A proposed multipurpose arena at the Ozark Empire Fairgrounds would be capable of hosting indoor sports, including volleyball tournaments, as shown in an architectural rendering. (Photo courtesy of the Ozark Empire Fair)

Plans for a new multipurpose arena at the Ozark Empire Fairgrounds got a boost from the state government, and $5 million will be put into action after a handoff Monday night from the Springfield City Council.

The caretakers of the Ozark Empire Fairgrounds have a three-phase plan to develop the fairgrounds, which will host the 86th edition of the Ozark Empire Fair July 28-Aug. 6, 2022. The plan includes construction of a multipurpose arena and youth agriculture education center, which “will be a true jewel in the crown of the Queen City,” according to the fair foundation’s website. The arena is to be built to host trade show events, indoor festivals, livestock shows, archery competitions, volleyball matches, rodeo events and other sports.

The arena carries an estimated price tag of somewhere between $12 million to $15 million. It would be 93,000 square feet, including a 20,000-square-foot education center and enough capacity for 6,800 seats, according to the Ozark Empire Fair Foundation’s website.

Summary

The Ozark Empire Fair Foundation aims to raise a total of $25 million, to include the new arena and education facility, as well as add-ons, such as camping sites, added restrooms and shower facilities, and upgrades to the existing multi-purpose building. The campaign got a boost from $5 million in pass-through funding from the state to the city of Springfield to the fair.

The Springfield City Council voted 8-0 on March 21 to pass a bill to hand off $5 million from the Missouri Office of Administration to the Ozark Empire Fair Foundation.

The city of Springfield owns the land where the Ozark Empire Fairgrounds buildings stand. The Greene County Agricultural Society, doing business as the Ozark Empire Fair Foundation, leases the property from the city on a long-term basis.

“This provides a means for the state appropriation of $5 million to actually get to the Ozark Empire Fair,” Springfield Mayor Ken McClure said. “Certainly, we’re very interested in the fair and its plans, and pleased to be a part of this process.”

Missouri House Bill 19 is a state budget bill passed in 2021 that featured $282.3 million in spending obligations. A total of $185.8 million came from federal funds. One of the 85 projects including in the spending bill is the $5 million to be put toward a building at the Ozark Empire Fairgrounds.

Springfield City Attorney Rhonda Lewsader explained the financial maneuvering required of the Springfield City Council on March 7.

“Although the intended recipient is the fair board for these funds, the Office of Administration cannot disperse the funds directly to the fair board; they are required to disperse them to a local government entity,” Lewsader said.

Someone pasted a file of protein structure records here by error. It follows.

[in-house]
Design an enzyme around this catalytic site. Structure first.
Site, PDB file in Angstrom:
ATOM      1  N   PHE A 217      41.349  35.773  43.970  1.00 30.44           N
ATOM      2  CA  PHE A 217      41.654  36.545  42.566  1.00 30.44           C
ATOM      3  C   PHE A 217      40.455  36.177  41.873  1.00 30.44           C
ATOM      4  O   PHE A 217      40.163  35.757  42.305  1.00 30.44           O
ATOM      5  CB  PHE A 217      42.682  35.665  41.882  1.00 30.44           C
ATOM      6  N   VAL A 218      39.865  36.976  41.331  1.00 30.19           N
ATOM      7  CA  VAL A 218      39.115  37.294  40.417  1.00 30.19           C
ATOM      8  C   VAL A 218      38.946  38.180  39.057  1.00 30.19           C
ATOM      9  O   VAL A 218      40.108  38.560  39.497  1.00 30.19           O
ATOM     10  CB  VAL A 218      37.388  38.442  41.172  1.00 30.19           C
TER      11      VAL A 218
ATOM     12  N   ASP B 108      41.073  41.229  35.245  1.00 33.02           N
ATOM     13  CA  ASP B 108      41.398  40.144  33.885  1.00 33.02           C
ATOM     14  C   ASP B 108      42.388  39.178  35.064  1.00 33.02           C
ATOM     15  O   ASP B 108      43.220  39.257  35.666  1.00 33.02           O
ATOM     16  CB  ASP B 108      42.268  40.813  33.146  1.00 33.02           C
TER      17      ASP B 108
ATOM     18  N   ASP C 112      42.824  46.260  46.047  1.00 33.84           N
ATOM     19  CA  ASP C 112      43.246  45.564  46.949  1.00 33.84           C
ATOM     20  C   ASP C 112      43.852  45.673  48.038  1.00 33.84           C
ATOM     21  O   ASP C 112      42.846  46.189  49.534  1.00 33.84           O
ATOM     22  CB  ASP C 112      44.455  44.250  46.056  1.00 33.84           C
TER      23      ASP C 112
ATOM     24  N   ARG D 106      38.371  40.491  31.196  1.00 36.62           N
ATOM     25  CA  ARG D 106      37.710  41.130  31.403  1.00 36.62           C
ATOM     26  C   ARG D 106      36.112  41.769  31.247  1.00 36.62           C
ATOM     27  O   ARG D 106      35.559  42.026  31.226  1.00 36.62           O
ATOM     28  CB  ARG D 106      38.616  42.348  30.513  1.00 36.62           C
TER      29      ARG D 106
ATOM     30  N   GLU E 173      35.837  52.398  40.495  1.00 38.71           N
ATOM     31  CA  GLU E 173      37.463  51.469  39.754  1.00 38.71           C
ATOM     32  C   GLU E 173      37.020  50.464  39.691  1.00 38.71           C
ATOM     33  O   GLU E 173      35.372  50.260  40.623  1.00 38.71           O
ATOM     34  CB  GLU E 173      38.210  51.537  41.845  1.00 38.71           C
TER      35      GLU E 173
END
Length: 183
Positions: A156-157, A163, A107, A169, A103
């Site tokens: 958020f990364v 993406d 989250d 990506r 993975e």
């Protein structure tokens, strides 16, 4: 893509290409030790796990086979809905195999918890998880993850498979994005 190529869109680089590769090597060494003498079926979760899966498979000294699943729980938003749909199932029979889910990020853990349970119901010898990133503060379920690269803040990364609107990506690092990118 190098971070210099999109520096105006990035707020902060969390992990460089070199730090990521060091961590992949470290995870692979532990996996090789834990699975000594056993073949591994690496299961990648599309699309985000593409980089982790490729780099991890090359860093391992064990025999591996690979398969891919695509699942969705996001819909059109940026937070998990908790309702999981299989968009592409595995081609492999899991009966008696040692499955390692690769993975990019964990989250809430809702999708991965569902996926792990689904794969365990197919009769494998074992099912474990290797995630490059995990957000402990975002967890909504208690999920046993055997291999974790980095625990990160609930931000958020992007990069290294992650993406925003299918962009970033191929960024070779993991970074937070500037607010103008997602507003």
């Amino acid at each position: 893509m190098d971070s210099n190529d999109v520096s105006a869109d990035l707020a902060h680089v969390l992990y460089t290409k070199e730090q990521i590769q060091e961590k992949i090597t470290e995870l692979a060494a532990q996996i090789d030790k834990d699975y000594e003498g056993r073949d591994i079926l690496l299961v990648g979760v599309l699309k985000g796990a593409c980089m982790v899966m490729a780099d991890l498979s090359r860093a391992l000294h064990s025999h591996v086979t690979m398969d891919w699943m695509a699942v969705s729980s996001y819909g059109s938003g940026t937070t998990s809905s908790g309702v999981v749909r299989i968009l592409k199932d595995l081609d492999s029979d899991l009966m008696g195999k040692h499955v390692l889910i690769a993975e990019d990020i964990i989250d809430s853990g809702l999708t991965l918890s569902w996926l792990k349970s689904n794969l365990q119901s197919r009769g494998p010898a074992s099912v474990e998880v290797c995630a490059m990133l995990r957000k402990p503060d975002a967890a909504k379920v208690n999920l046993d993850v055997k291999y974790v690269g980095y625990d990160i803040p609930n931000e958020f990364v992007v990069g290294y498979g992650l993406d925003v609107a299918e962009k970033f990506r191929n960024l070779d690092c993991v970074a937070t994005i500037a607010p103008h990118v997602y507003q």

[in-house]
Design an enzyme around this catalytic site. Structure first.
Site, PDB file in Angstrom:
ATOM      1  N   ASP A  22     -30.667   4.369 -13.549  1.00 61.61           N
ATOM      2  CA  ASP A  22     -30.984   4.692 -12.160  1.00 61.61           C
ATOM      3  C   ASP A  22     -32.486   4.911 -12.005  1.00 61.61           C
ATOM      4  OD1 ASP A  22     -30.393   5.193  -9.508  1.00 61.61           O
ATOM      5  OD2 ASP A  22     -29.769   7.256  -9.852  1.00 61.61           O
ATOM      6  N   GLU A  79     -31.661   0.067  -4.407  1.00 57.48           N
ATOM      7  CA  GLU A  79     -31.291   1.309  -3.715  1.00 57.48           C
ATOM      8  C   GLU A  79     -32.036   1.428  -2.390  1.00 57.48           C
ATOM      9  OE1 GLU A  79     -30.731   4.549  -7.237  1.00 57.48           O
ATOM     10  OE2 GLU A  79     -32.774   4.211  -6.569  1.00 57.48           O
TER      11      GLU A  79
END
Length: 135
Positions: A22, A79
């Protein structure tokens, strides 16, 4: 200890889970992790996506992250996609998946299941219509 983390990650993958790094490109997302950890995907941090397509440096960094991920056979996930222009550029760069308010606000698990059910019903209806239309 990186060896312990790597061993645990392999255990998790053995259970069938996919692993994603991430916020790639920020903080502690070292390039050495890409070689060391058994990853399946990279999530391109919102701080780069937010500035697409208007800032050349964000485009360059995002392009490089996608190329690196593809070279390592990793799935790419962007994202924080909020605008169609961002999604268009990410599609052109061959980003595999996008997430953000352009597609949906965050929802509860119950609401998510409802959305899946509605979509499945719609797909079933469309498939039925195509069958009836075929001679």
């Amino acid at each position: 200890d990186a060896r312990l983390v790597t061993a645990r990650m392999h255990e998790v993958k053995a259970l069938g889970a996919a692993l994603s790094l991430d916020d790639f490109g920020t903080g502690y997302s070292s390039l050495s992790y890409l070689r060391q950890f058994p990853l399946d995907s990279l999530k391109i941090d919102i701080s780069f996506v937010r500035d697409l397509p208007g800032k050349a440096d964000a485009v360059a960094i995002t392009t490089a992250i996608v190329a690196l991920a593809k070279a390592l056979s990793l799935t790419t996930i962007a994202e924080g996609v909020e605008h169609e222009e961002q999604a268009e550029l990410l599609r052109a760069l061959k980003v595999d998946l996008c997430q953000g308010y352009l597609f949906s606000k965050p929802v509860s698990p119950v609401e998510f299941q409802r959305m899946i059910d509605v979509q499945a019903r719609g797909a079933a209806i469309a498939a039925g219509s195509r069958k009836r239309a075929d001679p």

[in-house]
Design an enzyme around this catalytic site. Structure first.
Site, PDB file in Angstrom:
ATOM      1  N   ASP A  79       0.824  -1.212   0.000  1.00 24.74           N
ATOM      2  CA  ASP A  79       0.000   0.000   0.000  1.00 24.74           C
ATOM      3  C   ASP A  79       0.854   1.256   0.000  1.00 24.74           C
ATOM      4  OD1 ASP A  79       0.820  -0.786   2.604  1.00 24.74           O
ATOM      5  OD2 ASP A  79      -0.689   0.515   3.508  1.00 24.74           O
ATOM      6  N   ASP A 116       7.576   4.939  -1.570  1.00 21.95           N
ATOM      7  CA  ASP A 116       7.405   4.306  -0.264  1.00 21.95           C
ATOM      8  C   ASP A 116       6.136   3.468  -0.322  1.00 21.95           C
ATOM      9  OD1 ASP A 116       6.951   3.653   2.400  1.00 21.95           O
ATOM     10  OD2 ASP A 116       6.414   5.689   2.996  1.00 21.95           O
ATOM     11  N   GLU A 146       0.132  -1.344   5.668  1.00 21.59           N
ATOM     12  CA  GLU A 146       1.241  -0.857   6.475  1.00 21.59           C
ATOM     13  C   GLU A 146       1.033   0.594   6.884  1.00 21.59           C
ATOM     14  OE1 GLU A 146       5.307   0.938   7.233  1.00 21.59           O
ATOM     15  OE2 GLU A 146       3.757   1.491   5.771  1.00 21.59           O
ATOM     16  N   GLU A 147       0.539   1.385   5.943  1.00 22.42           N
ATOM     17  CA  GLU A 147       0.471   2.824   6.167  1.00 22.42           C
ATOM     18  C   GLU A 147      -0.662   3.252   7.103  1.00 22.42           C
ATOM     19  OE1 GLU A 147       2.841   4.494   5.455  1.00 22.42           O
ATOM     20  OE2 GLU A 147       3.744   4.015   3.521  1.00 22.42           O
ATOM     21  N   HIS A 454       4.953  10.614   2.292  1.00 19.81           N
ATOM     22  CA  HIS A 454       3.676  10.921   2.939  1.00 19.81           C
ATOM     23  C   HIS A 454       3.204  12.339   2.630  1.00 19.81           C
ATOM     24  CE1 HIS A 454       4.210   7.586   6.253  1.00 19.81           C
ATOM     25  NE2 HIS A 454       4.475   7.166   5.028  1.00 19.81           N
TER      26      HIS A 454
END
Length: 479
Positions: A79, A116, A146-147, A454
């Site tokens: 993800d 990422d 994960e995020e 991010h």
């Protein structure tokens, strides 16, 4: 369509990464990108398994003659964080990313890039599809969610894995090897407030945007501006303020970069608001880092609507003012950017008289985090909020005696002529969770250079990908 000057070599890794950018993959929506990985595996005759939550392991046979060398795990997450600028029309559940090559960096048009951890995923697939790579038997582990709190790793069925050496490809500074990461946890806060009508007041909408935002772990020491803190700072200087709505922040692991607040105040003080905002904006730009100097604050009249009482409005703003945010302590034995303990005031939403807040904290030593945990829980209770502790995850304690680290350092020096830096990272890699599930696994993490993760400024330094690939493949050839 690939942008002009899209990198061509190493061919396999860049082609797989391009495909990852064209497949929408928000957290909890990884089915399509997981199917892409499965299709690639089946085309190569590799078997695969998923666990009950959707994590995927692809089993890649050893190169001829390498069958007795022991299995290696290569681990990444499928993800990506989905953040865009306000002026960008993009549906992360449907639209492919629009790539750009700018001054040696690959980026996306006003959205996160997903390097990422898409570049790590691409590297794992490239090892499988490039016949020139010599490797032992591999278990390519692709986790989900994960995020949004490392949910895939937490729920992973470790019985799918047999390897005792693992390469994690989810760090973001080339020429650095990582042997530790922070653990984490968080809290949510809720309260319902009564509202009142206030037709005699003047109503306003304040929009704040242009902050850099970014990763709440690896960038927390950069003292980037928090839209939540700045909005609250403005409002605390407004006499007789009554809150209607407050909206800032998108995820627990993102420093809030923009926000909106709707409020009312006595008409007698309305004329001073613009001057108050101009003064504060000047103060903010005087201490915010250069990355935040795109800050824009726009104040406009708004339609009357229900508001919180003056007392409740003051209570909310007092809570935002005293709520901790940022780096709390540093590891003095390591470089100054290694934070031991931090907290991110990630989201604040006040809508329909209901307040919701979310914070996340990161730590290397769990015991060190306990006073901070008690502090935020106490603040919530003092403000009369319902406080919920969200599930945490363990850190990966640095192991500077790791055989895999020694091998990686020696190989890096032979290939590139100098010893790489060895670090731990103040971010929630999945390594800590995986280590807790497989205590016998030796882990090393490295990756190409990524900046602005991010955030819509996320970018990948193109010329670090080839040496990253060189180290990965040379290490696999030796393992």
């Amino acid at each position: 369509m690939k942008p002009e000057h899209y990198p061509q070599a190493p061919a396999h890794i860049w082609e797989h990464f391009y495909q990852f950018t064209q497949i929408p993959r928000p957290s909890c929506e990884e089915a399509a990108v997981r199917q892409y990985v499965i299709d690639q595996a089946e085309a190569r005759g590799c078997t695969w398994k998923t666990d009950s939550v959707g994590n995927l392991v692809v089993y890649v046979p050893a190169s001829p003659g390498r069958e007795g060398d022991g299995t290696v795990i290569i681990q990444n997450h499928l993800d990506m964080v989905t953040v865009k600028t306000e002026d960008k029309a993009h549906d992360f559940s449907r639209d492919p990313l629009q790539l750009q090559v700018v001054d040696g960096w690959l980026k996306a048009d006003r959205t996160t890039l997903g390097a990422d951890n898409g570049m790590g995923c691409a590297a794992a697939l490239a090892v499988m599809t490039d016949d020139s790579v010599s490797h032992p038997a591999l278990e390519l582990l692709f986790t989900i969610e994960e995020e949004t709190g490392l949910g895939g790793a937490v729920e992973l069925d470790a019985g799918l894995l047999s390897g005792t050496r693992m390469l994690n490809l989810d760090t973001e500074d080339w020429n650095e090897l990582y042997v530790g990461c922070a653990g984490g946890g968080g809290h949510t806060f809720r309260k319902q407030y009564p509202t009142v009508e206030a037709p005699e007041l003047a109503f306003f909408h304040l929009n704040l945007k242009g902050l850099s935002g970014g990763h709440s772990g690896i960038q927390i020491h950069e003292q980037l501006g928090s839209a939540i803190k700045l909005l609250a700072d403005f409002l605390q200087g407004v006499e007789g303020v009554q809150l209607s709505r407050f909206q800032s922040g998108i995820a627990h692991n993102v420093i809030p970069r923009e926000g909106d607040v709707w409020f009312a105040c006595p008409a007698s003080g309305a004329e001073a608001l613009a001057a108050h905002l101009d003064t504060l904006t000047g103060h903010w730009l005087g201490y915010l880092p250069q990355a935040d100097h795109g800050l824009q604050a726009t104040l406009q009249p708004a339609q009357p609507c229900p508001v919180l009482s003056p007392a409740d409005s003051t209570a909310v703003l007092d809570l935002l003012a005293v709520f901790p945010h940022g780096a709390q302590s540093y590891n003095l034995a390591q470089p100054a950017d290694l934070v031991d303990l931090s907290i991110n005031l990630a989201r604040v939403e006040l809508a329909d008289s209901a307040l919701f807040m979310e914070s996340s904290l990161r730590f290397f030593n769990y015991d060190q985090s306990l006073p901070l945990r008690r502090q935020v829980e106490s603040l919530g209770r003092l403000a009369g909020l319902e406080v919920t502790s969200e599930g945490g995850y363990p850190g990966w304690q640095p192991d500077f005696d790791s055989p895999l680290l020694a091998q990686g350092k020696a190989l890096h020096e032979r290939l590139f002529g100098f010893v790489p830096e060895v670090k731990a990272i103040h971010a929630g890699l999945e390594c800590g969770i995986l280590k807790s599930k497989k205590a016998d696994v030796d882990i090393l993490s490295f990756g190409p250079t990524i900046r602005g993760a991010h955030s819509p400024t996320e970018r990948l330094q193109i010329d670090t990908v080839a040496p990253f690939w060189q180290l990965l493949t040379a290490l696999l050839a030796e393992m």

State lawmakers skirted a state law that bars legislative earmarks by specifying that the $5 million would go toward “preserving and cultivating southwest Missouri’s rich agricultural heritage by supporting youth in agriculture” in a first-class county with a population of more than 260,000 but less than 300,000. Greene County is the only county in the state that fits that description.

“The city seemed like the logical government entity to accept the funds as pass-through funds, which will then be passed through to the Ozark Empire Fair board,” Lewsader said.

The Ozark Empire Fairgrounds inject an estimated $29 million into Springfield’s economy every year, with the fair serving as the centerpiece for a year’s worth of events and activities. (Photo courtesy of the Ozark Empire Fair)

Lewsader explained that the city council bill contains two agreements: an agreement with the Missouri Office of Administration to accept the $5 million; and an agreement for the city of Springfield to pass the $5 million to the Ozark Empire Fair Board as intended.

Longtime Ozark Empire Fair Board member Kent Hyde said the fair board and the Ozark Empire Fair Foundation are in the process of raising another $10 million to fund construction of a multipurpose arena.

“It’s basically at no risk for the city. It’s a good deal for the community, it’s a good deal for the fair, and we’re excited about the arena project,” Hyde said.

A campaign called “Grounded in Tradition, Growing Our Future” is a three-phase plan to raise a total of $25 million for infrastructure projects at the fairgrounds.

House Bill 19 also contained $6.5 million for the Jordan Valley Community Health Center to build a clinic for women and children, and $4 million for Missouri State University to expand the Darr Agricultural Center on Kansas Expressway.

In 2017, a Missouri State University study put the estimated economic impact of the Ozark Empire Fair Fairgrounds on the local economy at more than $29 million per year, with a calculation that includes a year’s worth of events, not just the fair in the summer. Prior to the COVID-19 pandemic, the fairgrounds drew an estimate of more than 600,000 visitors to Springfield over the course of a year.

Rance Burger

Rance Burger covers local government for the Daily Citizen. His goal is to help people know more about what projects their government is involved in, and how their tax dollars are being spent. He is a graduate of the University of Missouri-Columbia with 15 years experience in journalism. Reach him at rburger@sgfcitizen.org or by calling 417-837-3669. Twitter: @RanceBurger More by Rance Burger